Can I change my child’s name?
Whilst it’s relatively easy for adults to change their name following the breakdown of a relationship, such as reverting back to their maiden name, the process is not as simple for parents wishing to change their child’s name.
Mostly, parents wishing to change their child’s name will want their child to bear the same name as them. It may be because there is one parent with whom the child does not live, has not seen the child for a long time or has had limited involvement in the child’s life. Alternatively, it may be that the parent with whom the child lives has other children from a subsequent relationship and the parent wishes the children to all have the same name. However, there are barriers that may stop a parent unilaterally changing their child’s name.
Changing a child’s name in NSW
In NSW the Births, Deaths and Marriages Registration Act 1995 (BDMR Act) provides that parents are eligible to lodge an application to change their child’s name at the Registry of Births, Deaths and Marriages (RBDM) if the child:
- is under 18 years of age, and
- their birth is registered in NSW, or
- they were born overseas and have been a resident in NSW for three consecutive years immediately prior to the application.
The child’s name can be changed once in a 12 month period and a total of 3 times only.
The BDMR Act requires that both parents of a child must jointly apply to change a child’s name unless the parent applying is:
- the only living parent of the child; or
- the only parent named on the child’s birth certificate;
If the child is over 12, the child must also sign the application.
The only other circumstance where the RBDM will accept an application to change a child’s name lodged by one parent is if a Court has approved the proposed change in name. It’s important to note in this context that a Court order giving one parent sole parental responsibility of a child does not in itself extend to allowing that parent to unilaterally change the child’s name.
Obtaining a Court Order
If one parent of a child does not consent to an application being lodged at the RBDM to change the child’s name, the
other parent may lodge an application to change the child’s name with any Court having jurisdiction under the Family Law Act 1975. As with any application for parenting orders, there is a requirement to attempt mediation before commencing proceedings except in certain circumstances such as urgency or where there is family violence.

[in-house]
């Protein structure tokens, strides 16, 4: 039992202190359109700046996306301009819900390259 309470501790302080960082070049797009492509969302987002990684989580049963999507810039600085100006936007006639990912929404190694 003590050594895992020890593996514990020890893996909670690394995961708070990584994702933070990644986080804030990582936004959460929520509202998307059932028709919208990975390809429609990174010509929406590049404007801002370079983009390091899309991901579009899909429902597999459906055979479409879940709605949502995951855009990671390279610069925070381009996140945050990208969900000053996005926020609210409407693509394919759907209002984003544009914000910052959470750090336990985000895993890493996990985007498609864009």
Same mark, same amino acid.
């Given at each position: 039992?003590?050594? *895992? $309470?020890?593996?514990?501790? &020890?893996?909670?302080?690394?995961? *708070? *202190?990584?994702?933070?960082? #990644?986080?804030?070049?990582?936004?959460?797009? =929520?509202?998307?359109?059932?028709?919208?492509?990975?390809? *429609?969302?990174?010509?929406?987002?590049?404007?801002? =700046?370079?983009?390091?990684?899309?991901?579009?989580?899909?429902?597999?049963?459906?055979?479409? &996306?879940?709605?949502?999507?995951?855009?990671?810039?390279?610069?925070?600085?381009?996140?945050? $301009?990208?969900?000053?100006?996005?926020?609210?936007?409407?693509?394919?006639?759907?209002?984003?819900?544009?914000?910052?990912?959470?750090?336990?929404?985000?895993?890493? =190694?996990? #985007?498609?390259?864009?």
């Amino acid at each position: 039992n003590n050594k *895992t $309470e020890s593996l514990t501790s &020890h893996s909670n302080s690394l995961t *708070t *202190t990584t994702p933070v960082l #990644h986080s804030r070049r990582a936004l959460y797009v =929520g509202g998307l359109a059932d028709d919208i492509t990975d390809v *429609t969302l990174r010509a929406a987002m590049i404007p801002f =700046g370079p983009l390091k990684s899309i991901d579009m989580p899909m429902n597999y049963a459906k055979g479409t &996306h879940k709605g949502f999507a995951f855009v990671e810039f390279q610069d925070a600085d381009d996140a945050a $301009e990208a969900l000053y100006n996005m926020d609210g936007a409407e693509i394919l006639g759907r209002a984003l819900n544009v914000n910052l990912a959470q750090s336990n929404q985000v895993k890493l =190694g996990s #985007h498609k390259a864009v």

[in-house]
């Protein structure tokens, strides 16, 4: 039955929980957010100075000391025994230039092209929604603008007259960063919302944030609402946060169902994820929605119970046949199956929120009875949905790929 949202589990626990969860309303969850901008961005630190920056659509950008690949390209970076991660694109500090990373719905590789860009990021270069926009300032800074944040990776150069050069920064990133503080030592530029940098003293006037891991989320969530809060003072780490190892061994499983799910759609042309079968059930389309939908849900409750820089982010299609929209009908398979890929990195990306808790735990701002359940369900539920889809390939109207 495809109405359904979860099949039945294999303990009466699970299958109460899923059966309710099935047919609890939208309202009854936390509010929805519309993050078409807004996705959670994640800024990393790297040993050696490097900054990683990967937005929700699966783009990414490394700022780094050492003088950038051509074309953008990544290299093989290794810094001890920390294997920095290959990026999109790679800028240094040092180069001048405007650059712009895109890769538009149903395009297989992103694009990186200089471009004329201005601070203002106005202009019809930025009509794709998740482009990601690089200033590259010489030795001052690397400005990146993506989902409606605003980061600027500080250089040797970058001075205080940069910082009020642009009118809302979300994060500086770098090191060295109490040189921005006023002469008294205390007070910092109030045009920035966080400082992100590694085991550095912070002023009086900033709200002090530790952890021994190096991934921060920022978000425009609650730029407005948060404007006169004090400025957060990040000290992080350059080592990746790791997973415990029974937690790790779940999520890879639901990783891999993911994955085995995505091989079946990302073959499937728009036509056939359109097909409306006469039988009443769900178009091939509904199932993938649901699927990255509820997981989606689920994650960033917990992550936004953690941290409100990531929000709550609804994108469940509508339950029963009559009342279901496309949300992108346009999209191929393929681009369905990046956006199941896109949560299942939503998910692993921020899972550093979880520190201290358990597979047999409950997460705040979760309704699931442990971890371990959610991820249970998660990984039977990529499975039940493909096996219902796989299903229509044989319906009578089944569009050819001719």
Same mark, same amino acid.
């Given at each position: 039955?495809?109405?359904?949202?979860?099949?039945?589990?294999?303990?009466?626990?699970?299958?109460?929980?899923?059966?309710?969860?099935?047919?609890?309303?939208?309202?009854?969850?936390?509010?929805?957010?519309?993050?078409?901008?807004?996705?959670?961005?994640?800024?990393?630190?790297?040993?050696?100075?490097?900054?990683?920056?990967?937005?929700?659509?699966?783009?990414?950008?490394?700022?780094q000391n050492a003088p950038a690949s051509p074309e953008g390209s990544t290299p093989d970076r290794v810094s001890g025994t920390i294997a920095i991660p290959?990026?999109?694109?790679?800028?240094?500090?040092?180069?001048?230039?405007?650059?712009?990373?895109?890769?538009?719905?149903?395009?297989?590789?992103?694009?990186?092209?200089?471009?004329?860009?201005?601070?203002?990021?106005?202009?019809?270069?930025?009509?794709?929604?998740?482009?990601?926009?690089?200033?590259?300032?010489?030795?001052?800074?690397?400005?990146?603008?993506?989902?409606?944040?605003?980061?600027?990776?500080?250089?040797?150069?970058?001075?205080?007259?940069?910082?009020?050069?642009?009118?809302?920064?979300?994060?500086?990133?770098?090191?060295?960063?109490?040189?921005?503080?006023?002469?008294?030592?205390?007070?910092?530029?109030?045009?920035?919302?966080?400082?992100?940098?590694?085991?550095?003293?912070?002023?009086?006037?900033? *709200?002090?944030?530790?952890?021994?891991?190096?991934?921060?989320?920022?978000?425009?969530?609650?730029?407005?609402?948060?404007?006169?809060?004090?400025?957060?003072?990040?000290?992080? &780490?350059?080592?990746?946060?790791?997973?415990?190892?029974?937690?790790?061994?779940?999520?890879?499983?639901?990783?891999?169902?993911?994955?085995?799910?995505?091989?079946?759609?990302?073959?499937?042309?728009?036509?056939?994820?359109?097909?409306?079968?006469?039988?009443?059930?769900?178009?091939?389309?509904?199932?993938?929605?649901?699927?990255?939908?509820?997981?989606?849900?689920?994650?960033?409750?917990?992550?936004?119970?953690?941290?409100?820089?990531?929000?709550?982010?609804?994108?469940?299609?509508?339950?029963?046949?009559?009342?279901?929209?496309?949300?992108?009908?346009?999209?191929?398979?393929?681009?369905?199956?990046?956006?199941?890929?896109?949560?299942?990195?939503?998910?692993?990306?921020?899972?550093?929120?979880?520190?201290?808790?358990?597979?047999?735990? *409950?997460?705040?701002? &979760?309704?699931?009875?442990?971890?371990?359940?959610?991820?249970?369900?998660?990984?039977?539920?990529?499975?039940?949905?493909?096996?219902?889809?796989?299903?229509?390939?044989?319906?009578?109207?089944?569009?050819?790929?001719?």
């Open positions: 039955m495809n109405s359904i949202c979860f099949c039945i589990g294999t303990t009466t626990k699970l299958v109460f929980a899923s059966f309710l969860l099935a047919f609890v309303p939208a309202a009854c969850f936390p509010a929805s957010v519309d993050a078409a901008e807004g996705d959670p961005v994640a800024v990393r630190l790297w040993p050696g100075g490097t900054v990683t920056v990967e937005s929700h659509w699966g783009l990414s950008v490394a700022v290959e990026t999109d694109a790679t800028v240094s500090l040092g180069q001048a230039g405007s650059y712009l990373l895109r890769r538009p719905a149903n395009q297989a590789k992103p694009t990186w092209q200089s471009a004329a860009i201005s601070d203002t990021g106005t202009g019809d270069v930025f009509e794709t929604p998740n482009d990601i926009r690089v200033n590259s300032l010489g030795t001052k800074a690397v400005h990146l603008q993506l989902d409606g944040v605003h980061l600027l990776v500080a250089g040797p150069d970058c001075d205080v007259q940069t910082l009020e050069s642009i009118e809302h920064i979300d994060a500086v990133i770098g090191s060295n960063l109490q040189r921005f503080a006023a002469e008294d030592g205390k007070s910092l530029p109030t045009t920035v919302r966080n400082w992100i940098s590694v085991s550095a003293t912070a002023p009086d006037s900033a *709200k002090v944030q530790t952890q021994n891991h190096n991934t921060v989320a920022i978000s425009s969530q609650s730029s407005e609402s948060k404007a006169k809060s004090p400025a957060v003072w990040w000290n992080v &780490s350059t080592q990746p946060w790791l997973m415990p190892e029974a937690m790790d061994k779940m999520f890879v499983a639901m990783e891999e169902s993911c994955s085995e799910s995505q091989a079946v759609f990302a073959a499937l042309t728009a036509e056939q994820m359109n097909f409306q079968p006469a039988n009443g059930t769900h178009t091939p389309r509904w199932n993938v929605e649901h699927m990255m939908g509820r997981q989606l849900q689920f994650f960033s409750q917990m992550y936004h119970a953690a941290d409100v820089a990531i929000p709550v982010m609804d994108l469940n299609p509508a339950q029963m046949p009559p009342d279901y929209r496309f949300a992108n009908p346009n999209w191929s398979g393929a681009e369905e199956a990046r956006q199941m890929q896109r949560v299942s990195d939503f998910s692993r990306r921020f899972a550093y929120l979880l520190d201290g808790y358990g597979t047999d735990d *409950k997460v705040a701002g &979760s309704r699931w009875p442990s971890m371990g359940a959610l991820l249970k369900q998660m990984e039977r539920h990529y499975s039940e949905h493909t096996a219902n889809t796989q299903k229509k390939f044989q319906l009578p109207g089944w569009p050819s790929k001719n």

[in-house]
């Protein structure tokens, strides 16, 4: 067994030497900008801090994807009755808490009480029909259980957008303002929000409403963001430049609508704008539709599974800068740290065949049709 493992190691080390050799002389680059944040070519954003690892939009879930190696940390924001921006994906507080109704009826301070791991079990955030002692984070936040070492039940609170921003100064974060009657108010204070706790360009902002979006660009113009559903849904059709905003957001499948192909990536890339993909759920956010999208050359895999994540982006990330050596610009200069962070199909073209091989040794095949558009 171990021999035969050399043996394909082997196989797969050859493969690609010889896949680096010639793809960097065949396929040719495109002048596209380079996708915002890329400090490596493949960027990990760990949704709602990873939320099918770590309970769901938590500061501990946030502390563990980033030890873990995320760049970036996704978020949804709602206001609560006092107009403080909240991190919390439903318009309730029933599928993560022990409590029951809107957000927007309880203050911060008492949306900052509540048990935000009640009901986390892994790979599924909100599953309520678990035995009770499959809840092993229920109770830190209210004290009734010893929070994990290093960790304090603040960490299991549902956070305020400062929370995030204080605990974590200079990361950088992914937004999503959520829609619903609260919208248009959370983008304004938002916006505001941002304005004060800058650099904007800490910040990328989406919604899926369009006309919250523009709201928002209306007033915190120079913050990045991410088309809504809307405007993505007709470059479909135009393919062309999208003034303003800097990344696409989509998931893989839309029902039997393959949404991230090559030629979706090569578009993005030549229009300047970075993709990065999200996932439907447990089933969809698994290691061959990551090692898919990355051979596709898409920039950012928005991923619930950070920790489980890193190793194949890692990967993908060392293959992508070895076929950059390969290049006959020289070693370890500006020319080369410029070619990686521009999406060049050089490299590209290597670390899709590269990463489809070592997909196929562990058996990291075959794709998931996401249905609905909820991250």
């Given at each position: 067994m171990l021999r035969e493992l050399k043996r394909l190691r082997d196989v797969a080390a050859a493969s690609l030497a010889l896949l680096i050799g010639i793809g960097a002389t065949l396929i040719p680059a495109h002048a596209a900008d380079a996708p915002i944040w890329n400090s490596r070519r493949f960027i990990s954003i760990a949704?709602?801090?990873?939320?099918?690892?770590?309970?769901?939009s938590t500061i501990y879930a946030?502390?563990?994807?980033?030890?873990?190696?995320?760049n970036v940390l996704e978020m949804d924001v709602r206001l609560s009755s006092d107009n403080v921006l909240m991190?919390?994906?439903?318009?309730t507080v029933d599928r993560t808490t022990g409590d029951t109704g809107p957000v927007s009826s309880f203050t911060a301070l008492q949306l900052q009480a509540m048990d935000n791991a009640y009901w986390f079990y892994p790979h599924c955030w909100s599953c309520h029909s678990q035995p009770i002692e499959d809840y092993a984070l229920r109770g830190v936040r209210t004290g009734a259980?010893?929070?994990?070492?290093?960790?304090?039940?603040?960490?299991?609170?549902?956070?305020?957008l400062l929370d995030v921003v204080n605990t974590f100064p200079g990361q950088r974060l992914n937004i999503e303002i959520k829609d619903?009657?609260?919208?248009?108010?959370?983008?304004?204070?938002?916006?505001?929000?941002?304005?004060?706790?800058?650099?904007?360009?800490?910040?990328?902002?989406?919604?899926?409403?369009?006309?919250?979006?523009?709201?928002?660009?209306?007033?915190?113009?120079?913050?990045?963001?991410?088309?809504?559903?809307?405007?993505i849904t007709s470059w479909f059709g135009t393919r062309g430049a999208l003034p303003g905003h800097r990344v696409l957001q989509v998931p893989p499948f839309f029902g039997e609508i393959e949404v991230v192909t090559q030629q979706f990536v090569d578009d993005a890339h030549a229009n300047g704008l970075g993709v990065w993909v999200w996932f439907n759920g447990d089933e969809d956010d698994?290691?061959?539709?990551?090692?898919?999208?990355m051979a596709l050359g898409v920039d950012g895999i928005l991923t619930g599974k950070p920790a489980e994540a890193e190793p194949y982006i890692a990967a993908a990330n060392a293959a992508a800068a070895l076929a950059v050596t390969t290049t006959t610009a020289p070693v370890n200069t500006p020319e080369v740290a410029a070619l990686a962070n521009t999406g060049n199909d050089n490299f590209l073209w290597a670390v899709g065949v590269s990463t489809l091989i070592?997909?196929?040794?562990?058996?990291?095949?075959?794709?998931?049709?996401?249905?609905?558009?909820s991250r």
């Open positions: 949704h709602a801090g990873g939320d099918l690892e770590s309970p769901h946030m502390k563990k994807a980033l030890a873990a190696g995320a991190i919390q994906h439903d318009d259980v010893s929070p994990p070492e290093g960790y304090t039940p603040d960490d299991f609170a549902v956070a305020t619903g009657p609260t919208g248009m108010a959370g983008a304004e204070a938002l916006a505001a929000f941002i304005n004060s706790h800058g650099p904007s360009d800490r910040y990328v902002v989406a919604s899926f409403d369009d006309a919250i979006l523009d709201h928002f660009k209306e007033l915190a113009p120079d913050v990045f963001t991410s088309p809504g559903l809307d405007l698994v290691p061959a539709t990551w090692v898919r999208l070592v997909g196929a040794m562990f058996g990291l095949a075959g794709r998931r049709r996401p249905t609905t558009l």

As with matters relating to the child’s education, religious upbringing and health, a child’s name (and any change made to it) is considered by the Family Court to be a significant issue affecting the child’s long-term care, welfare and development. Accordingly, in any application to change a child’s name, the best interests of the child are the paramount consideration. The matters that assist the Court in determining what is in a child’s best interests are found in s.60CC of the Family Law Act 1975. Other relevant factors that the Court will consider when determining an application to change a child’s name as established in name change cases to date include:
- Any embarrassment likely to be experienced by the child if their name is different to the name of the parent with whom they live;
- Any confusion of identity which may arise for the child if his or her name is changed or if it remains the same;
- The effect that any change in surname may have on the relationship between the child and the parent who had shared the same surname as the child since birth;
- The effect of frequent or random name changes;
- The contact the parent with whom the child does not live with has with the child or is likely to have with the child in the future;
- The degree of identification that the child has with the parent with whom they do not live; and
- The degree of identification that the child has with the parent with whom they live.
Court applications for changing a child’s name are usually contested and much will depend upon the type and weight of evidence which can be led in support of the application, addressing each of the factors referred to above. The outcome will, as always, depend upon the particular circumstances of each case.
If you want more information or assistance to lodge an application to change your Child’s name or help with any Family Law issue, please contact our Family Law specialists, Oliver Hagen or Ken Gray on 02 4731 5899 or email email@example.com.
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Can I change my child's name